Tag Archives: local businesses

Over 15 Canadian Local Searches I Have a Comment On

Having spent the last year working on the redesign and search logic for the new YellowPages.ca, which launched on Oct 12, 2009, I wanted to share some of the most interesting search queries that I have seen come through our log files in the past couple of weeks. These are all PG rated, believe me we get NSFW entries, but I will exclude those from this list.

Click here, if you want to skip my introduction and get right to the list of Searches.

Before jumping into the list, I want to send a thanks to all the teams that worked on bringing this together. The biggest learning from this Lose Weight Exercise is that most people I talk to ask me why this would take so long, “I mean come on, its a website, anybody can do website design”. The actual process of building and testing was relatively short, however, the logic streams behind the platform where the most timing consuming; planning, coordination and communication.

For end users, this site either works or it doesn’t. If they find what they needed, then their local search is successful. If they conduct a search and cannot find what they wanted, then we failed. When I say this was the biggest launch in my career, here’s why? Think of these numbers; 400K advertisers with content that needs to be mined, 1.2M business listings, over 200M+ in online revenue, over 7M Canadian per month that rely on yellowpages.ca for their local search engine (source: Yellow Pages Group Financial Statements). To say that relaunching yellowpages.ca has expectations is an understatement, but a great challenge and overall response has been extremely positive.

The underlying premise behind this relaunch was very simple: a) YellowPages.ca has vast amounts of local business content (remember only 50% of CDN businesses have a website, that’s around 500K and I would argue a good 1/3 of those have extremely stale data) that we need to get in front of consumers and b) make the site more geographical relevant to the neighborhood, landmark and lat/long perspective. By opening up more of the data and creating the intersection with geographical associations, I believe Canadians will have a much better local experience. To sum up the majority of what our users are saying, “It just works, thanks”.

If you have not already checked out the redesigned home page, here is the screenshot. We moved all the key aspects of what a user wants directly to the front, based on a lot of user research. For Business Search you can search via What/Where, Reverse Phone Look-Up, Map and Driving Directions. For People Search you can search via Who/Where, Reverse Phone Number, Map and Driving Directions. On the business side you can also click navigate through Business Locations or Business Category.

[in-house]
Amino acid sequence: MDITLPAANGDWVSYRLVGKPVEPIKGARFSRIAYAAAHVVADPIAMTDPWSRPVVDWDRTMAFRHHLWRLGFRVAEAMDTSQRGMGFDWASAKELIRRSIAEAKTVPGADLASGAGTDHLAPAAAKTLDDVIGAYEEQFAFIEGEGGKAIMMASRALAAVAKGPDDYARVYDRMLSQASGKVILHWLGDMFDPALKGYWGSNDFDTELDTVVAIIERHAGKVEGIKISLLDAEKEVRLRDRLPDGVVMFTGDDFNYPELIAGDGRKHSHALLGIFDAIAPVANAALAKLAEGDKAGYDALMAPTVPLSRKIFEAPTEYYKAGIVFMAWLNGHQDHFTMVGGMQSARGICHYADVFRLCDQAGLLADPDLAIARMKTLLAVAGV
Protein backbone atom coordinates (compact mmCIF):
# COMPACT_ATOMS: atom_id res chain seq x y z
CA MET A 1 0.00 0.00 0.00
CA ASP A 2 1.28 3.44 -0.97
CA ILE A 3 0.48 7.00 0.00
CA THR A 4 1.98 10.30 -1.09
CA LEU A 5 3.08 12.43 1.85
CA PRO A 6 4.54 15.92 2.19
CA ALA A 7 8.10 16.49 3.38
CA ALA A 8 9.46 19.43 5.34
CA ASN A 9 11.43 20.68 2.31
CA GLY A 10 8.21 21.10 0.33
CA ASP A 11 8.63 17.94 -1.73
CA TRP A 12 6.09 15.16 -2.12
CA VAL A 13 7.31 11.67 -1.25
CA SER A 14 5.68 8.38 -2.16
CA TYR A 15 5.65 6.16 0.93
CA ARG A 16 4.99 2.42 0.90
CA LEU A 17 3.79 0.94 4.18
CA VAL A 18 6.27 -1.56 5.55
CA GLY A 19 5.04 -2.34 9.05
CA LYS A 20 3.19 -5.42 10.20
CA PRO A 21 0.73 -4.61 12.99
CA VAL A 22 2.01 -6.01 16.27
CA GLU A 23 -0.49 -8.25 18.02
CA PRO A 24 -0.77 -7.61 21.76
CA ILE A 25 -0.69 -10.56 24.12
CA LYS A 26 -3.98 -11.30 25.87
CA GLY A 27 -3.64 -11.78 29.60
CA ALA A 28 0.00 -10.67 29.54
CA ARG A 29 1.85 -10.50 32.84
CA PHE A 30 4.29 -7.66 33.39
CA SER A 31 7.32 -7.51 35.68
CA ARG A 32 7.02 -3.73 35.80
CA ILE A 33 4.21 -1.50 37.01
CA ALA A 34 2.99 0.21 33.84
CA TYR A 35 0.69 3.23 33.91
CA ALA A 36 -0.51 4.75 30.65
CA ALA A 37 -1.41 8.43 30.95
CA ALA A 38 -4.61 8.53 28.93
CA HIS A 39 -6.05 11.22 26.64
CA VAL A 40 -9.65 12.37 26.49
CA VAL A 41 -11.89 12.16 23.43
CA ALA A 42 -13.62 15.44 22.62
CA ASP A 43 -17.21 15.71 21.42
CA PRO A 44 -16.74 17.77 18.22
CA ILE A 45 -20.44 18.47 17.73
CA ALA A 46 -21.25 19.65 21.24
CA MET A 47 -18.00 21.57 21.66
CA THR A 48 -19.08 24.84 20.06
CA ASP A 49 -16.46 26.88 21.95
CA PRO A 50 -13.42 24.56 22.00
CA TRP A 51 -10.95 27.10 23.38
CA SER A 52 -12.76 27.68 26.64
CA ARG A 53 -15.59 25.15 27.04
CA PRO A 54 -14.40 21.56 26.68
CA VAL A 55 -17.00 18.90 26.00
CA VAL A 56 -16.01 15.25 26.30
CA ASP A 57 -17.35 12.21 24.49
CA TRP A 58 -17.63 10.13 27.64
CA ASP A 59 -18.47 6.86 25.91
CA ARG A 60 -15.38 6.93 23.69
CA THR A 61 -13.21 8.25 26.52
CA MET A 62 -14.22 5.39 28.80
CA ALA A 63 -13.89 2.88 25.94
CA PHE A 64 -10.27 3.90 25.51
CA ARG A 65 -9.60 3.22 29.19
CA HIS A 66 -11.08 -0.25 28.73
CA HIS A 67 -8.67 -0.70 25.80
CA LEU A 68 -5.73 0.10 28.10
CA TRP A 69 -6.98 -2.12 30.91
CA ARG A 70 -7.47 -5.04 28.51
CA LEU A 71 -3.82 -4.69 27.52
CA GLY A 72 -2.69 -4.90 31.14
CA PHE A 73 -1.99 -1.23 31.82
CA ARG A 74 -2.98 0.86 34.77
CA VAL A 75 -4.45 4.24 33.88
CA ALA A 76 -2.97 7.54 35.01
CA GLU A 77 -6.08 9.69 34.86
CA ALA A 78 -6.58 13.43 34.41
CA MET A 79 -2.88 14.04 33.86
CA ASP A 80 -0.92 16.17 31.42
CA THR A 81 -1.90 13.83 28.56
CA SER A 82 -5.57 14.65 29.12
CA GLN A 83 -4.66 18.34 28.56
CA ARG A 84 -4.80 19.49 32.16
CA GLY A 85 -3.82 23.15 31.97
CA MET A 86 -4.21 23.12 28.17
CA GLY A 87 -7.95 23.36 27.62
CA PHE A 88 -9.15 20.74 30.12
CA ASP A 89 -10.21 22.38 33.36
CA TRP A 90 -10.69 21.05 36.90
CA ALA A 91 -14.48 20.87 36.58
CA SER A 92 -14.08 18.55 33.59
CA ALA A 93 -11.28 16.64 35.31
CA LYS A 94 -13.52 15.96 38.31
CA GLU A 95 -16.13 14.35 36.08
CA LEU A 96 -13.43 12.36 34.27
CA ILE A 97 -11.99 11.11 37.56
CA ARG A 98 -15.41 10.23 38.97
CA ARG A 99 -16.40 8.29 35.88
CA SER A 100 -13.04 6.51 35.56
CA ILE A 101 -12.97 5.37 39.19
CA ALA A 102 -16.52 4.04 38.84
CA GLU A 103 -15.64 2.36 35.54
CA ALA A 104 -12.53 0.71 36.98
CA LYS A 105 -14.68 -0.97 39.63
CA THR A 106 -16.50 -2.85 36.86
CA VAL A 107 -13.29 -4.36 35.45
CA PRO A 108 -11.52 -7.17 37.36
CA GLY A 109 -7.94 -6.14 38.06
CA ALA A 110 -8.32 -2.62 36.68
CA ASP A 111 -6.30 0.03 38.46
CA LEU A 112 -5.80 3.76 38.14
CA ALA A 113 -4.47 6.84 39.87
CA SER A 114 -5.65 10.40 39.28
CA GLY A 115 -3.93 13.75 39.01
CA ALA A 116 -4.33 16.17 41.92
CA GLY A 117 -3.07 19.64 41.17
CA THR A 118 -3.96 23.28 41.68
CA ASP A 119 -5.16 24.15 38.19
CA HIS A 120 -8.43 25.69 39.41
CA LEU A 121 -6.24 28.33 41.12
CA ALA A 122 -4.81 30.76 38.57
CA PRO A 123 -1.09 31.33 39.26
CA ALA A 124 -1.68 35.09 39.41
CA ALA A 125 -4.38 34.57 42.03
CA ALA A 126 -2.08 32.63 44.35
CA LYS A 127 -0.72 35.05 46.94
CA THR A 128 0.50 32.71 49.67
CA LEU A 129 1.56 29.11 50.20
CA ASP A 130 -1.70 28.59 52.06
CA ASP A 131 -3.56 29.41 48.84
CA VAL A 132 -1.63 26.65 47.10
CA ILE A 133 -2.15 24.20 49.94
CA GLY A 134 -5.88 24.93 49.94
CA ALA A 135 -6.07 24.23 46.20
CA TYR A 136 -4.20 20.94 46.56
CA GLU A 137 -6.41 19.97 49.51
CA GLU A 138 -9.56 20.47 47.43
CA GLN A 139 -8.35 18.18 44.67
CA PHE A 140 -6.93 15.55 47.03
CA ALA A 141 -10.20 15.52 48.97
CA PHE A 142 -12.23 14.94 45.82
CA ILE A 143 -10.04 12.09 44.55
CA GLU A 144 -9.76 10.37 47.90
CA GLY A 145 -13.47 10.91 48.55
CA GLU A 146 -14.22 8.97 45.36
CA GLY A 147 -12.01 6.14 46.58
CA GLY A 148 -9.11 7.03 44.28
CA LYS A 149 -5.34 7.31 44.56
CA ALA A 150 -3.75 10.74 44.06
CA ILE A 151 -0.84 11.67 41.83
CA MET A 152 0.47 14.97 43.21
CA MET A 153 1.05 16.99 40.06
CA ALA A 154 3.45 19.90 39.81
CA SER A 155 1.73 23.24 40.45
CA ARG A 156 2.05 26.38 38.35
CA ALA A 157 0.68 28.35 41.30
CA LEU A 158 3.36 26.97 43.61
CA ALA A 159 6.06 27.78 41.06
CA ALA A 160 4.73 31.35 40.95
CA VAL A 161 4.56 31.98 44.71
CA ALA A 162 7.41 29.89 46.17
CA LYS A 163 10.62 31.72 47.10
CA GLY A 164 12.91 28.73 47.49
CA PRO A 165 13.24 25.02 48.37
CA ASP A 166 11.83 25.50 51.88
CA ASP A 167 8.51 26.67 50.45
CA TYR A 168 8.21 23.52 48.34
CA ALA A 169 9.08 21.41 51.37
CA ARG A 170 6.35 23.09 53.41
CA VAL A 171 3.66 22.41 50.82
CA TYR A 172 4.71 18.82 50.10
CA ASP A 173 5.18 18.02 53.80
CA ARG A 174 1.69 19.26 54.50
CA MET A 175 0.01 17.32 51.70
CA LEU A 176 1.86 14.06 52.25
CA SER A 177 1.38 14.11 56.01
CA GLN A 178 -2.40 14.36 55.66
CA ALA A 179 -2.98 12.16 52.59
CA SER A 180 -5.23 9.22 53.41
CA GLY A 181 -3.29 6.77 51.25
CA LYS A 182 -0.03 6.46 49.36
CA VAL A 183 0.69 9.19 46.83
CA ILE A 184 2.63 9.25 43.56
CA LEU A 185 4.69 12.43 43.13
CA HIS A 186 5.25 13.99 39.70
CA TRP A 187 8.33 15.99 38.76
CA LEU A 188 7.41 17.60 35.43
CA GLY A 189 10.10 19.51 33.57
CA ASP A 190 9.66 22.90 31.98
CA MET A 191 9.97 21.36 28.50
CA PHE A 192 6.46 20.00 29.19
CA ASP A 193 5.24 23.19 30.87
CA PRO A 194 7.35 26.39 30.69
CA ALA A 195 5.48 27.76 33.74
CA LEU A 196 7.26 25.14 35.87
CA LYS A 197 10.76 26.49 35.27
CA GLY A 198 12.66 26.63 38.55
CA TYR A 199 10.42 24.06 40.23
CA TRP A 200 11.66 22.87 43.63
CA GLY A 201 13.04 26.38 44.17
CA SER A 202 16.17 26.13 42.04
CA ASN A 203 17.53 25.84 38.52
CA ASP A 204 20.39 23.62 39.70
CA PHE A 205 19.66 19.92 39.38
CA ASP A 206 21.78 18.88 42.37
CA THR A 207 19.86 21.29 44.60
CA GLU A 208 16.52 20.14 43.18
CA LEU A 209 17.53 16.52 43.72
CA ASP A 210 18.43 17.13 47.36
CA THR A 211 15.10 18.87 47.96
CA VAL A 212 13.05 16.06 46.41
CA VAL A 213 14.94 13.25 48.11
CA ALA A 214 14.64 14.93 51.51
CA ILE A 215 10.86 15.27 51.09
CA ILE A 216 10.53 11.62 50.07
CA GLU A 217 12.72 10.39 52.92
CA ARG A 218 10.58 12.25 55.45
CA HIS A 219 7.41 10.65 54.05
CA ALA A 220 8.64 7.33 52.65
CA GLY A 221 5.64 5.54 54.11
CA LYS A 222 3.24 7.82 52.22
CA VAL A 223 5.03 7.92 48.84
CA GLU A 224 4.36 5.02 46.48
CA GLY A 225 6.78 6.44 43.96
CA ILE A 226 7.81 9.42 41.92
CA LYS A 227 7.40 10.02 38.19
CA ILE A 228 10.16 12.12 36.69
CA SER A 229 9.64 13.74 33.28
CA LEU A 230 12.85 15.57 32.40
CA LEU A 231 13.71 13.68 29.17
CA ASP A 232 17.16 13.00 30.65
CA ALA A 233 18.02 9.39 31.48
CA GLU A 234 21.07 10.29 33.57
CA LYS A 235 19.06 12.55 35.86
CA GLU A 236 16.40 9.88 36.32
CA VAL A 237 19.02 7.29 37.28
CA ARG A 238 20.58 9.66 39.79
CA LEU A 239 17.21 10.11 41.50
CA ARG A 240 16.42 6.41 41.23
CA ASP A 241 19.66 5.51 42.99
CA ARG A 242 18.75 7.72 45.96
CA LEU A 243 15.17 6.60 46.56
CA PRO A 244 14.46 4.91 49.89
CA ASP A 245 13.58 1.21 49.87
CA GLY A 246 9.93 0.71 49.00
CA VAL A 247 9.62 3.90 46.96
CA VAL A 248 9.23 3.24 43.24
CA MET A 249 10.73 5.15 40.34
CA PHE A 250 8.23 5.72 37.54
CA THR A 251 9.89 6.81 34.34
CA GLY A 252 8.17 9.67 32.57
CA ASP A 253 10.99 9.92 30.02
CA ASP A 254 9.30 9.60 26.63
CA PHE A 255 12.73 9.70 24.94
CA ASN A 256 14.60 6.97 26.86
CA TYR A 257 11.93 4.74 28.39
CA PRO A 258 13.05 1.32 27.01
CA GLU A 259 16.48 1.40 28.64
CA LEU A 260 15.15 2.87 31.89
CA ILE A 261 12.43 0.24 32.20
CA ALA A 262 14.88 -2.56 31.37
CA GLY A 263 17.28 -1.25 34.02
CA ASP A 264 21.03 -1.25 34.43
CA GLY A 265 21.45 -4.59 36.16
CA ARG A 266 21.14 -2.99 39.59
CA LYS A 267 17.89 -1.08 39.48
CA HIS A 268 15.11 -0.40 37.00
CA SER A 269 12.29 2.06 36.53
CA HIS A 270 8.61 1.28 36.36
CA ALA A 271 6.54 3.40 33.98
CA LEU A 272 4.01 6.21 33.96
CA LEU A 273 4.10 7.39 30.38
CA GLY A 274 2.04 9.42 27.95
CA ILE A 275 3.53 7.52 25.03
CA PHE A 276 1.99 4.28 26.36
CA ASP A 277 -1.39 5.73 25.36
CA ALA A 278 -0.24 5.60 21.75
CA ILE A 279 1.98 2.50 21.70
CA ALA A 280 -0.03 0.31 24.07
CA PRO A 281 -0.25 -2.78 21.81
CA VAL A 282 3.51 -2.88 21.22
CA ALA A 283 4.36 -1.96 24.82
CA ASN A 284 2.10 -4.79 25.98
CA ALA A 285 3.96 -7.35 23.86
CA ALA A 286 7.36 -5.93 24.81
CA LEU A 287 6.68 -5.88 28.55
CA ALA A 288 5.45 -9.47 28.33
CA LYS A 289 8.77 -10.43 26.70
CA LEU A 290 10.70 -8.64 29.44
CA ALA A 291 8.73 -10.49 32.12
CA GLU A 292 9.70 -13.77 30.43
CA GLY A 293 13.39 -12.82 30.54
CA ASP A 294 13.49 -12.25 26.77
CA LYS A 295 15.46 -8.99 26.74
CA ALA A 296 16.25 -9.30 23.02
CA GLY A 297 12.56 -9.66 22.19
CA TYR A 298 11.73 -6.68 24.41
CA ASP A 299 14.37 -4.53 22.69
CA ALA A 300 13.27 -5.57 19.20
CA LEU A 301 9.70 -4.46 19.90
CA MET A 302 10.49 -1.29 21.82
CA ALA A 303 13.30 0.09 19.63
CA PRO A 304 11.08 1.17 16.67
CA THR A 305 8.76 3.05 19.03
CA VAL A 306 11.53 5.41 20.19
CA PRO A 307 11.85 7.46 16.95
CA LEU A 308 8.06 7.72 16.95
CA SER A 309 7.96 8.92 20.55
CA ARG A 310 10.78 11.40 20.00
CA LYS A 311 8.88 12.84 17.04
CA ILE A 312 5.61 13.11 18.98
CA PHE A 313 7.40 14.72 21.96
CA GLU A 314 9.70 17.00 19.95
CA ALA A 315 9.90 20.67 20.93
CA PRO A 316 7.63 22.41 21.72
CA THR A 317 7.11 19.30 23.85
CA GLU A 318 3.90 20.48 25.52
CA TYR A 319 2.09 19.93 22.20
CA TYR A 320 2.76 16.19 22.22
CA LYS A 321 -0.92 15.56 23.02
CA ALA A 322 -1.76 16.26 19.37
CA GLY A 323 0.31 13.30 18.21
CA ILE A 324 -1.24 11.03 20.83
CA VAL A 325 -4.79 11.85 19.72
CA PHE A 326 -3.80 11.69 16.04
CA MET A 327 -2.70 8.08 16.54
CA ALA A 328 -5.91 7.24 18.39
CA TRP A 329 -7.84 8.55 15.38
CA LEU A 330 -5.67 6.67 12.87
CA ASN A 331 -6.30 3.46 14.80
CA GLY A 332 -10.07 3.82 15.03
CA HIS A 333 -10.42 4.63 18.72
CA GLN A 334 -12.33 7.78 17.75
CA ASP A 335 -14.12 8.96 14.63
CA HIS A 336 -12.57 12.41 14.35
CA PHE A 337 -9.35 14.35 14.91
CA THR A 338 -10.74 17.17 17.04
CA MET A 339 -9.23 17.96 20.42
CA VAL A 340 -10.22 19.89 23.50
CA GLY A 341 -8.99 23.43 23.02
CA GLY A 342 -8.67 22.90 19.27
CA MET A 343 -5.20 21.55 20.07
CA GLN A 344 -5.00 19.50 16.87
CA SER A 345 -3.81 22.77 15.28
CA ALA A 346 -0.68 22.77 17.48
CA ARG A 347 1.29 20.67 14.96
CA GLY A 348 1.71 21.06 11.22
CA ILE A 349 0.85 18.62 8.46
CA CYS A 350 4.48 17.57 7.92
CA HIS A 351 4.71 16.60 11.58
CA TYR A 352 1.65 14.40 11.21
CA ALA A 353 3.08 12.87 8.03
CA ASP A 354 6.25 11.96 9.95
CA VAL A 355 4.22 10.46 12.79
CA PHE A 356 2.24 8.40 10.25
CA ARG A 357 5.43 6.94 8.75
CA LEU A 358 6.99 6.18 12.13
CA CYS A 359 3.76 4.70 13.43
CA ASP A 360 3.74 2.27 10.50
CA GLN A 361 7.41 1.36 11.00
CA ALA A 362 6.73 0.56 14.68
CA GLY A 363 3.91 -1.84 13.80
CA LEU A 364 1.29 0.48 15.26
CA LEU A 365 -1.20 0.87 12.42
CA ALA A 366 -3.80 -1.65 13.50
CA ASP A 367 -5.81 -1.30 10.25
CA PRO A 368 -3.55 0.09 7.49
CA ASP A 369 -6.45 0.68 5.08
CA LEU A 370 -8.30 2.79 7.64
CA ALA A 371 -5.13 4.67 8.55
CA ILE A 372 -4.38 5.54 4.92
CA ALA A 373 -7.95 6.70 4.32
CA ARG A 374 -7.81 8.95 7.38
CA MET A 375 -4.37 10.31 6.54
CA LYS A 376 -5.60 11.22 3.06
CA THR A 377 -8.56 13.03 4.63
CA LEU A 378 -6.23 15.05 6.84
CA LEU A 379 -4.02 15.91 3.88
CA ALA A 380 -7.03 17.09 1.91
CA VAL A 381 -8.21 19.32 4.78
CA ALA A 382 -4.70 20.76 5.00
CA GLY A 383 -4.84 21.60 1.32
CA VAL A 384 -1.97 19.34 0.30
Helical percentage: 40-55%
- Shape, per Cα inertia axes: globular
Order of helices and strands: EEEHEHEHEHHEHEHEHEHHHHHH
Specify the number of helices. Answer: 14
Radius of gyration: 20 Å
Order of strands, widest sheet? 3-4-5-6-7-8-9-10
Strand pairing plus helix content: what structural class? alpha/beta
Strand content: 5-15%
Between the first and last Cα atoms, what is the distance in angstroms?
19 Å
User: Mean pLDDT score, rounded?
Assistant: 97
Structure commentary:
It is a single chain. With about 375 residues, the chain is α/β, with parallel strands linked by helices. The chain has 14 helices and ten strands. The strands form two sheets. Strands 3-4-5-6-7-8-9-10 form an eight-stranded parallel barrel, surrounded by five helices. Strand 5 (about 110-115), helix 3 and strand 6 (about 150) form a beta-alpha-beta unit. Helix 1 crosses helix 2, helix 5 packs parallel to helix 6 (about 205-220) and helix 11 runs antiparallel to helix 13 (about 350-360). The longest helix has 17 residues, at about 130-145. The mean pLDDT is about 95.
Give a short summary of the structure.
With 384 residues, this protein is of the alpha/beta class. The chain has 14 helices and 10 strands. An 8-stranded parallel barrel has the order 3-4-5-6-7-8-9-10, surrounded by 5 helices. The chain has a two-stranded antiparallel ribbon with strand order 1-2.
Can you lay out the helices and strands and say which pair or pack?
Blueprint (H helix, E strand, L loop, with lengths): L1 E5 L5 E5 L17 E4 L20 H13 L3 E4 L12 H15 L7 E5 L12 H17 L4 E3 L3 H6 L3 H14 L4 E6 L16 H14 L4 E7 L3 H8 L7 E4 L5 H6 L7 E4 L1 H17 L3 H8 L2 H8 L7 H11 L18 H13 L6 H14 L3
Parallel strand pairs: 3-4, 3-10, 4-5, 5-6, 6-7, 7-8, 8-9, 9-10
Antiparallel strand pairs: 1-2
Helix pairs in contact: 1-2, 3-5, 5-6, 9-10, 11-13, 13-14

YellowPages.ca Canada's Commercial Largest Business Search Directory

Search Query List

Here are some of the most interesting local searches that users are now conducting on the new YellowPages.ca. If you want to see the results that go along with those searches, click below, some are quite interesting.

Hemorrhoids, Port Coquitlam – nothing to say here, but buddy go get them checked out.

Phobias, Lake Country – somebody in the Kelowna area has issues they need to dealt with.

Nudism, Ontario – I was surprised at how many places in Ontario you can go au natural.

Nuclear Waste, Mount Pleasant – this is a neighborhood in Toronto, I hope they don’t actually have nuclear waste. From the result set, seems they were looking for Nuclear Waste Management Organization which is located around this neighborhood – who know?

Hot Yoga, Kitsilano – I put this one in, because current I am on a hot yoga in Calgary kick and it seems that Hot Yoga searches in general are picking up steam on YellowPages.ca.

Hot Yoga in Kitsilano

Non Toxic Toys, Calgary – Either this is an over cautious parent or a couple looking for an interesting evening. I think it is the latter.

Drunk from Drinking, Winnpeg – that is usually what happens when you participate in this activity. For this user, perhaps an alternative search would be DUI lawyer, Winnipeg.

Handicap, Vancouver Heights – this is a neighborhood search in Burnaby – I wonder if they were looking for wheelchair information or not.

Fair Trade Coffee, Bell Centre – the search term, Fair Trade Coffee is really increasing, especially on our iPhone Application. I wonder if this was a native Montrealer or somebody visiting Montreal. Based on the search query time, appears to be before the Montreal Canadians game.

Dog Protein, Toronto – I put this one in because as an owner of a Cocker Spaniel, I can personally say I never searched this one before, but I suppose it makes sense if your dog is not getting enough protein in its diet.

Ripped Low-Rise Jeans, Laval – I really hope this was a girl looking for these in Laval. I love Montreal region in the summer – but that’s another blog post for another day 🙂

Sushi, Halifax Citadel National Historic Site – I thought this was a pretty cool query and really demonstrates a true local search. Probably a tourist in Halifax.

Sushi in Halifax